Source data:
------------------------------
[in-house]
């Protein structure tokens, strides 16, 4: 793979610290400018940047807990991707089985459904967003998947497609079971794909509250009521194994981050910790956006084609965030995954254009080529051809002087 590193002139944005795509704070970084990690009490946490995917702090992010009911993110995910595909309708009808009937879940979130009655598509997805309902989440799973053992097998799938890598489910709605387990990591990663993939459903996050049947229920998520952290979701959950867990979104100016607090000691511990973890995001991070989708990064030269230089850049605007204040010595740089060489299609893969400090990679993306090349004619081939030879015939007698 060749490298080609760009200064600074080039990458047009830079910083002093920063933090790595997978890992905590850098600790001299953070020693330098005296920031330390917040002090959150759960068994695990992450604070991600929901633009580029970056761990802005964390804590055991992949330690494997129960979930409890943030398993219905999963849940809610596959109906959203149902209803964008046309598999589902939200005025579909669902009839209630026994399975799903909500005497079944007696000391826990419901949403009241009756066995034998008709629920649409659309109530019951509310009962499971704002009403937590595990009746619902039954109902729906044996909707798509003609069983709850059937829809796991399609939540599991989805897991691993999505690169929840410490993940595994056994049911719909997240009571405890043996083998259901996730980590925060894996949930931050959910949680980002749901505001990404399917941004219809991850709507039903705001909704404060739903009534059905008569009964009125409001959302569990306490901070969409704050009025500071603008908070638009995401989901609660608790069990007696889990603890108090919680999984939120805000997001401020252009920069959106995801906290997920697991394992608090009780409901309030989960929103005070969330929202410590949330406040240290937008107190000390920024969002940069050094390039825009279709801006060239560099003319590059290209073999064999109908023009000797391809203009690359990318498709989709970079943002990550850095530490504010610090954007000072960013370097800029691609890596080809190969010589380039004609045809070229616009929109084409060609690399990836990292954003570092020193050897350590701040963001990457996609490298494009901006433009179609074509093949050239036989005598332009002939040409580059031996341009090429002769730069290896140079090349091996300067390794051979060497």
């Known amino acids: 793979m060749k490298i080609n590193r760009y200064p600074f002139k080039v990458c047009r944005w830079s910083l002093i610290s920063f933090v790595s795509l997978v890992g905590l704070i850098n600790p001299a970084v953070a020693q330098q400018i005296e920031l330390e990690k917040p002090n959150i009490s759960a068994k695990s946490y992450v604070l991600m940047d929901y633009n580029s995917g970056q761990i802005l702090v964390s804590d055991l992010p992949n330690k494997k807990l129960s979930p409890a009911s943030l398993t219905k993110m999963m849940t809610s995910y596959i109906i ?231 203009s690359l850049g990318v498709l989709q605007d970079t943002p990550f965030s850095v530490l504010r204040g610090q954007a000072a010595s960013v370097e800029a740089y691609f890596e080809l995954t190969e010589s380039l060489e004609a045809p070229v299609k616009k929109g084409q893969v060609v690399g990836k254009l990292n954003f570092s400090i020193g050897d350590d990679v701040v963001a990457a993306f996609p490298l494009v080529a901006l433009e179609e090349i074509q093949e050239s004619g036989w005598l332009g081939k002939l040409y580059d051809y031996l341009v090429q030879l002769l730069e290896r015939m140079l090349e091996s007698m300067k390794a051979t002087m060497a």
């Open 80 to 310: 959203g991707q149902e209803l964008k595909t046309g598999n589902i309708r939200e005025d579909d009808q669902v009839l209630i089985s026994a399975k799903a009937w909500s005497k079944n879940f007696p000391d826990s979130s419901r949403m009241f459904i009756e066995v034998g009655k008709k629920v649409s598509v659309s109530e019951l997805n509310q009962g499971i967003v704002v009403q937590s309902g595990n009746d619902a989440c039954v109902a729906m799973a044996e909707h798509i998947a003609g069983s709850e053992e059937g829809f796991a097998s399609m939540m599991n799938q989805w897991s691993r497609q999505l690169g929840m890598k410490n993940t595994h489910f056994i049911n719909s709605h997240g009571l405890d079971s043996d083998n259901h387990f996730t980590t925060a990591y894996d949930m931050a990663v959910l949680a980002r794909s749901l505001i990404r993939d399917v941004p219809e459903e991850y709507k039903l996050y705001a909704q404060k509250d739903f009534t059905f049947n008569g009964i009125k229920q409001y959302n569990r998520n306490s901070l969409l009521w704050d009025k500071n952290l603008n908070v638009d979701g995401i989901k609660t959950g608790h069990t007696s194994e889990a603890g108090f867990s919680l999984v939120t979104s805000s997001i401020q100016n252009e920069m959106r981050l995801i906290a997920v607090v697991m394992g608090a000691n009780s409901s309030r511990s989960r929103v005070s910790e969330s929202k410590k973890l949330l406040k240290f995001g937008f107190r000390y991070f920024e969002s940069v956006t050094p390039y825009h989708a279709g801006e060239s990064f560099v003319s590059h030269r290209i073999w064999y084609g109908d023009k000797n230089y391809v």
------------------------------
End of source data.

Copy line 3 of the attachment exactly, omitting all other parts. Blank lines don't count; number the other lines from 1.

């Known amino acids: 793979m060749k490298i080609n590193r760009y200064p600074f002139k080039v990458c047009r944005w830079s910083l002093i610290s920063f933090v790595s795509l997978v890992g905590l704070i850098n600790p001299a970084v953070a020693q330098q400018i005296e920031l330390e990690k917040p002090n959150i009490s759960a068994k695990s946490y992450v604070l991600m940047d929901y633009n580029s995917g970056q761990i802005l702090v964390s804590d055991l992010p992949n330690k494997k807990l129960s979930p409890a009911s943030l398993t219905k993110m999963m849940t809610s995910y596959i109906i ?231 203009s690359l850049g990318v498709l989709q605007d970079t943002p990550f965030s850095v530490l504010r204040g610090q954007a000072a010595s960013v370097e800029a740089y691609f890596e080809l995954t190969e010589s380039l060489e004609a045809p070229v299609k616009k929109g084409q893969v060609v690399g990836k254009l990292n954003f570092s400090i020193g050897d350590d990679v701040v963001a990457a993306f996609p490298l494009v080529a901006l433009e179609e090349i074509q093949e050239s004619g036989w005598l332009g081939k002939l040409y580059d051809y031996l341009v090429q030879l002769l730069e290896r015939m140079l090349e091996s007698m300067k390794a051979t002087m060497a």